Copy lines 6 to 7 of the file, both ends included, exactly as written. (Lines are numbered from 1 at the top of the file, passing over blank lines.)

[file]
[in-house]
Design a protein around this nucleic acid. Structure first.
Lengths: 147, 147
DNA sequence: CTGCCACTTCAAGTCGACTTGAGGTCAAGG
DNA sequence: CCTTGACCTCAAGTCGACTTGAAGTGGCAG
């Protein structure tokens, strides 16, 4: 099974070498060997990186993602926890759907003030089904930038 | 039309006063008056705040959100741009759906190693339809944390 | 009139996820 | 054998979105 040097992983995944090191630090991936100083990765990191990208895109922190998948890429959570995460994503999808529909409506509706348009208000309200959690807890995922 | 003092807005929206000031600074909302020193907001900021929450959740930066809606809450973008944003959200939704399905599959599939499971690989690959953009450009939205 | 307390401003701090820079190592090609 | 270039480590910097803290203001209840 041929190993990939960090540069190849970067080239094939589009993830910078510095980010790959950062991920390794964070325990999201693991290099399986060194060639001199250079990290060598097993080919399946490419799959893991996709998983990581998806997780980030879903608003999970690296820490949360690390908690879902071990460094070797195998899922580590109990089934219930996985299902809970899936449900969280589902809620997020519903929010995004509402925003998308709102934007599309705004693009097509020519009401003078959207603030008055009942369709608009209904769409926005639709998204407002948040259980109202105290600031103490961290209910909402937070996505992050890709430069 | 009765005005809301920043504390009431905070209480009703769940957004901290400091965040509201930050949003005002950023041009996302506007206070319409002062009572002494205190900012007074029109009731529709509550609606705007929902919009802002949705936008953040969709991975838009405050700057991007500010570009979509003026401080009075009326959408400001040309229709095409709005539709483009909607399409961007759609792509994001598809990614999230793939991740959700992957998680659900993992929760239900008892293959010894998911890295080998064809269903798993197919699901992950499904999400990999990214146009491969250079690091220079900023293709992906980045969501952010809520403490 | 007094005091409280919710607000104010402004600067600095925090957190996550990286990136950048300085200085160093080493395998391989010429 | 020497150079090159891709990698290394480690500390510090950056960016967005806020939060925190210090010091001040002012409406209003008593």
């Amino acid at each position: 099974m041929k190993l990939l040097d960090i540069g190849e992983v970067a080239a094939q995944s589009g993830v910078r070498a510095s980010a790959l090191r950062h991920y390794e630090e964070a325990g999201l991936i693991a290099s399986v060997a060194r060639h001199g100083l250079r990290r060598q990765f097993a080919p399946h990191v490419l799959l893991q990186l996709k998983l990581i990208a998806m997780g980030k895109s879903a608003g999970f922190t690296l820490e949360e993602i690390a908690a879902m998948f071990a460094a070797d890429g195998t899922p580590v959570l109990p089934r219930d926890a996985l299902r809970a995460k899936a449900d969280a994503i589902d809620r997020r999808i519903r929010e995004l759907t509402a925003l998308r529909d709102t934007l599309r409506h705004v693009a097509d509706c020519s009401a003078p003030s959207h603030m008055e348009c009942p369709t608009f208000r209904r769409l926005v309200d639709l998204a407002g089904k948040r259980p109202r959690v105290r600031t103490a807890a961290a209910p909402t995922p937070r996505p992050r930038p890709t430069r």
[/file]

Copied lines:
């Protein structure tokens, strides 16, 4: 099974070498060997990186993602926890759907003030089904930038 | 039309006063008056705040959100741009759906190693339809944390 | 009139996820 | 054998979105 040097992983995944090191630090991936100083990765990191990208895109922190998948890429959570995460994503999808529909409506509706348009208000309200959690807890995922 | 003092807005929206000031600074909302020193907001900021929450959740930066809606809450973008944003959200939704399905599959599939499971690989690959953009450009939205 | 307390401003701090820079190592090609 | 270039480590910097803290203001209840 041929190993990939960090540069190849970067080239094939589009993830910078510095980010790959950062991920390794964070325990999201693991290099399986060194060639001199250079990290060598097993080919399946490419799959893991996709998983990581998806997780980030879903608003999970690296820490949360690390908690879902071990460094070797195998899922580590109990089934219930996985299902809970899936449900969280589902809620997020519903929010995004509402925003998308709102934007599309705004693009097509020519009401003078959207603030008055009942369709608009209904769409926005639709998204407002948040259980109202105290600031103490961290209910909402937070996505992050890709430069 | 009765005005809301920043504390009431905070209480009703769940957004901290400091965040509201930050949003005002950023041009996302506007206070319409002062009572002494205190900012007074029109009731529709509550609606705007929902919009802002949705936008953040969709991975838009405050700057991007500010570009979509003026401080009075009326959408400001040309229709095409709005539709483009909607399409961007759609792509994001598809990614999230793939991740959700992957998680659900993992929760239900008892293959010894998911890295080998064809269903798993197919699901992950499904999400990999990214146009491969250079690091220079900023293709992906980045969501952010809520403490 | 007094005091409280919710607000104010402004600067600095925090957190996550990286990136950048300085200085160093080493395998391989010429 | 020497150079090159891709990698290394480690500390510090950056960016967005806020939060925190210090010091001040002012409406209003008593």
């Amino acid at each position: 099974m041929k190993l990939l040097d960090i540069g190849e992983v970067a080239a094939q995944s589009g993830v910078r070498a510095s980010a790959l090191r950062h991920y390794e630090e964070a325990g999201l991936i693991a290099s399986v060997a060194r060639h001199g100083l250079r990290r060598q990765f097993a080919p399946h990191v490419l799959l893991q990186l996709k998983l990581i990208a998806m997780g980030k895109s879903a608003g999970f922190t690296l820490e949360e993602i690390a908690a879902m998948f071990a460094a070797d890429g195998t899922p580590v959570l109990p089934r219930d926890a996985l299902r809970a995460k899936a449900d969280a994503i589902d809620r997020r999808i519903r929010e995004l759907t509402a925003l998308r529909d709102t934007l599309r409506h705004v693009a097509d509706c020519s009401a003078p003030s959207h603030m008055e348009c009942p369709t608009f208000r209904r769409l926005v309200d639709l998204a407002g089904k948040r259980p109202r959690v105290r600031t103490a807890a961290a209910p909402t995922p937070r996505p992050r930038p890709t430069r």